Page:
Occasionally I’ll review some of my more favorite job boards to see some of the new openings that are available to talented software engineers. I am generally more interested in who is offering the roles instead of the actual roles themselves.
(No, I’m not looking for work as I am way too busy already with my current commitments!)
And I’ve discovered more than a few disappointing observations that have generally made me very sad:
My wife is one of my greatest and most important users of this app. For those that know, it can be incredibly difficult to convince your spouse to do anything so the fact that my wife uses Pressgram melts my heart.
But what really gets me is the fact that she uses nearly all of the app and this recent blog post that she published encourages me to continue the tough journey of software engineering.
My father was adept at creating engaging and interactive experiences for his children that helped us exercise the natural curiosity we had and challenged us to be creative thinkers.
He modeled this hands-on attention and mentorship that I still employ today and he managed to combine disparate elements like fun and education into a form that was inescapably memorable; I can still remember the treasure maps and treasure hunts like they were yesterday.
Remember Middle School? Remember High School? I have a collection of memories from both of them where I can recall only a few things that I enjoyed and a ton that I really did not enjoy.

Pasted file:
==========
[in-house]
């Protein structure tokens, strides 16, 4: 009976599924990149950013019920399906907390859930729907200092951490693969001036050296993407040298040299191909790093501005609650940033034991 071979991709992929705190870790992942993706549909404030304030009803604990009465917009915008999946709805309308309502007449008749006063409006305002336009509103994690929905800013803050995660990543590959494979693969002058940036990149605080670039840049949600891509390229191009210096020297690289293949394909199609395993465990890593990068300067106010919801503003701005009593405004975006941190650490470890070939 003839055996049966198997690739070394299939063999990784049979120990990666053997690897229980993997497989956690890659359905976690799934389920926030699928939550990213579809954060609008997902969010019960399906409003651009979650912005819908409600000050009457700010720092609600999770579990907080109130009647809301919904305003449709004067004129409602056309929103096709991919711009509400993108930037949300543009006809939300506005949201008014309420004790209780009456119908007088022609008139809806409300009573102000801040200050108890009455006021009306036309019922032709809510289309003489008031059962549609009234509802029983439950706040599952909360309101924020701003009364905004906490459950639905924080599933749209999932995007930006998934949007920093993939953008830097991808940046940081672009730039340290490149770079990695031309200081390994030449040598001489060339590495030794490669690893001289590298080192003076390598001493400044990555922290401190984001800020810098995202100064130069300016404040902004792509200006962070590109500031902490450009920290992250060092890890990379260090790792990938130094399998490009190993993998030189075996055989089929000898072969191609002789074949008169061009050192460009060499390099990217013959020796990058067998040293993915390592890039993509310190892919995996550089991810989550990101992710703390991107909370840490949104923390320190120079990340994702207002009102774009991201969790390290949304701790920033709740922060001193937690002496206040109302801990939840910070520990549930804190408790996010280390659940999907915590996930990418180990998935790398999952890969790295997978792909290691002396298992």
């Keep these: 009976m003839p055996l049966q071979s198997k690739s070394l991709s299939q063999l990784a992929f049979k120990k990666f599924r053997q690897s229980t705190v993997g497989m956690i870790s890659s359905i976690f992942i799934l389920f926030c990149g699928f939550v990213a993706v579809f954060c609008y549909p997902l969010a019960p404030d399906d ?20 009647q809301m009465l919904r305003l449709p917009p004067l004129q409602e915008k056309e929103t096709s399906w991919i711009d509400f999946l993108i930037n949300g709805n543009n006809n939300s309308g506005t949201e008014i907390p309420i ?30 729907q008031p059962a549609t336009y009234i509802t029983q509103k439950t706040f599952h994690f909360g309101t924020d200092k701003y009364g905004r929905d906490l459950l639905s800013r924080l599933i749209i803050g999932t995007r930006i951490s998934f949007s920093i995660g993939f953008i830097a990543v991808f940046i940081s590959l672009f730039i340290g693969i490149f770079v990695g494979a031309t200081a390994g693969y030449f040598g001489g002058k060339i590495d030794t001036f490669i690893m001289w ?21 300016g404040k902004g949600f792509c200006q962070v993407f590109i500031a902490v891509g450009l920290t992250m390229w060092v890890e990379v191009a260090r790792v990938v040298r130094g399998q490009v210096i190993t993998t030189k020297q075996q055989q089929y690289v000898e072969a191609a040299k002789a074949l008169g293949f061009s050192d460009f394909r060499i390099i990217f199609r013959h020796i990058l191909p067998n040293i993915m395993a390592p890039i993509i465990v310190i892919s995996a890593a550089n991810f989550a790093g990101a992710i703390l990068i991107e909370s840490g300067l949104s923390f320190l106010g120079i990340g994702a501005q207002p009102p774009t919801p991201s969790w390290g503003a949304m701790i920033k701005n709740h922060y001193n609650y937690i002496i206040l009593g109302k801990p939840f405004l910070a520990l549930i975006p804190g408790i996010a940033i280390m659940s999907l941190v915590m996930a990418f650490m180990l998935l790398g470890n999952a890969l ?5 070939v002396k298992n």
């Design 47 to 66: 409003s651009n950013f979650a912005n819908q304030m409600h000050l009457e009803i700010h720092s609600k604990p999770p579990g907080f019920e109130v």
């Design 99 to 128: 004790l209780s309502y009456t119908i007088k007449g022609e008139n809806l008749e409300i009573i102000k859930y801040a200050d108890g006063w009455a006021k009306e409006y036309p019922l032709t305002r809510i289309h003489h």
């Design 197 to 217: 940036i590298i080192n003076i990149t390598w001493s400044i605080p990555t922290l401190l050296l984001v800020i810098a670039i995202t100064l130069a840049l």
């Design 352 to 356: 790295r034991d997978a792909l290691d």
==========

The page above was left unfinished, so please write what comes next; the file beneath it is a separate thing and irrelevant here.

Consistent themes of angst, anxiety, and some strange form of psychosis probably top the list during those periods of time. I did not love those periods of my life nor did I really love who I was as a person (does anyone, ever?).
I can distinctly remember feeling completely uncomfortable in my own skin, as they say, and simultaneously pining some unknown loss of my youthful ignorance (i.e. bliss) and begging for the day when I would be beyond this mess of an age and into some more stable form of self-acceptance.
I had no idea it would take so long.
I have such a predisposition to act that can be incredibly annoying to those that have to deal with me on the daily – in fact, I think I might have landed on my tendency to move things forward as a super-power.
— John Saddington (@saddington) May 14, 2014
Of course this name badge for last night’s event (great job Jake – killing it!) was somewhat tongue-in-cheek-but-not-really as I realized that if I was going to provide any value it would probably be simply encouraging people to act and move forward with their great idea with a bit more confidence than what they had before they met me.
This is not a blog post announcing the untimely death of yet-another-app but rather a few random thoughts that have been piling up in the back of my head over the past few months.
The question is simply this: When do you know when to quit?
I thought I had all of these answers pretty set since I’ve done this a few times but every situation is different and especially the context in which those conversations are had changes every single time.
The point is that it’s always hard to know when to quit, even when you’ve got your back against the wall and the firing squad is moments away from blowing you away.